in consumer decision making,
the chance the buyer will pay too much or have to forgo other purchases; See
risk-taking, performance risk, physical risk, social risk, and time-loss
payment to a party who serves as an intermediary in bringing together two
organizations for business dealing; e.g., an individual’s compensation for
connecting an advertiser with an advertising agency or for bringing a client
into the fold for a sales promotion firm.
finished art artwork
that is complete in all respects and is ready for reproduction; usually referred
to as camera-ready artwork.
a specially-designed system that serves as a “wall” between a user’s personal
computer and the Internet system; a security measure to monitor Internet traffic
and protect the user from unauthorized invasion or tampering.
First Amendment Rights
see commercial speech.
first cover (1C)
the front outside
cover of a magazine; also called the front cover.
first right of refusal
in sponsorship marketing, a formal agreement between a sponsor and a property in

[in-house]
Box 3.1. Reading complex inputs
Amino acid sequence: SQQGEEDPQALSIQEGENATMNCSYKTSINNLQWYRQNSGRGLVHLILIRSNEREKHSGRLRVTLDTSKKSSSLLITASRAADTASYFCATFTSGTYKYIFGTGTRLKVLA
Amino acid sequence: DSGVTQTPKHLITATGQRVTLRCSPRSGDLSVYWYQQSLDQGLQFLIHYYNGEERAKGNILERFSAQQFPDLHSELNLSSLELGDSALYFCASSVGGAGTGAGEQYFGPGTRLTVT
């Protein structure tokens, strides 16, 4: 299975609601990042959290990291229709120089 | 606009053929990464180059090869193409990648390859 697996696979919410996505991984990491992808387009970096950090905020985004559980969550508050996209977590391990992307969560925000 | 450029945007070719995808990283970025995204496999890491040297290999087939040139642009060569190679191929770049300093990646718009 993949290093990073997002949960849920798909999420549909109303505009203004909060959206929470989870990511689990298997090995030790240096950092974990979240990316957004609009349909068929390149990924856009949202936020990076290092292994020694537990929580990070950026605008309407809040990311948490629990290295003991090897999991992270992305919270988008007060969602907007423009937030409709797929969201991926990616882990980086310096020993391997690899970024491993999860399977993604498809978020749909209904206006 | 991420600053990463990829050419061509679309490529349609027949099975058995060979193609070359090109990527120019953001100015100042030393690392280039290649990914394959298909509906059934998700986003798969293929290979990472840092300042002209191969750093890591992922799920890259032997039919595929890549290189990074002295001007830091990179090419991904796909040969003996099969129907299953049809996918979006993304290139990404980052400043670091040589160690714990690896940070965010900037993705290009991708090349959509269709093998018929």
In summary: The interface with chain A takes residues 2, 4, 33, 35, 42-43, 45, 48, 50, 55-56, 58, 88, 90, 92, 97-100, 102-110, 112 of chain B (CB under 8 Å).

which the sponsor has the right to match another company’s bid to take over the
sponsorship at renewal time.
programs produced specifically for the syndication market and sale to individual
stations; e.g., Jeopardy, Wheel of Fortune, Oprah Winfrey Show. See
off-network syndication and syndication.
an approach to establishing a cooperative advertising fund whereby, for the
specified length of the cooperative advertising program, the advertising fund
grows by a fixed amount with each product purchased by the retailer from the
particular manufacturer; e.g., if the amount per digital camera is set at $8 for
a particular model and $10 for another model, the fund accumulates the
appropriate sum for each product the retailer purchases from the manufacturer.
See accrual account, percentage accrual, and cooperative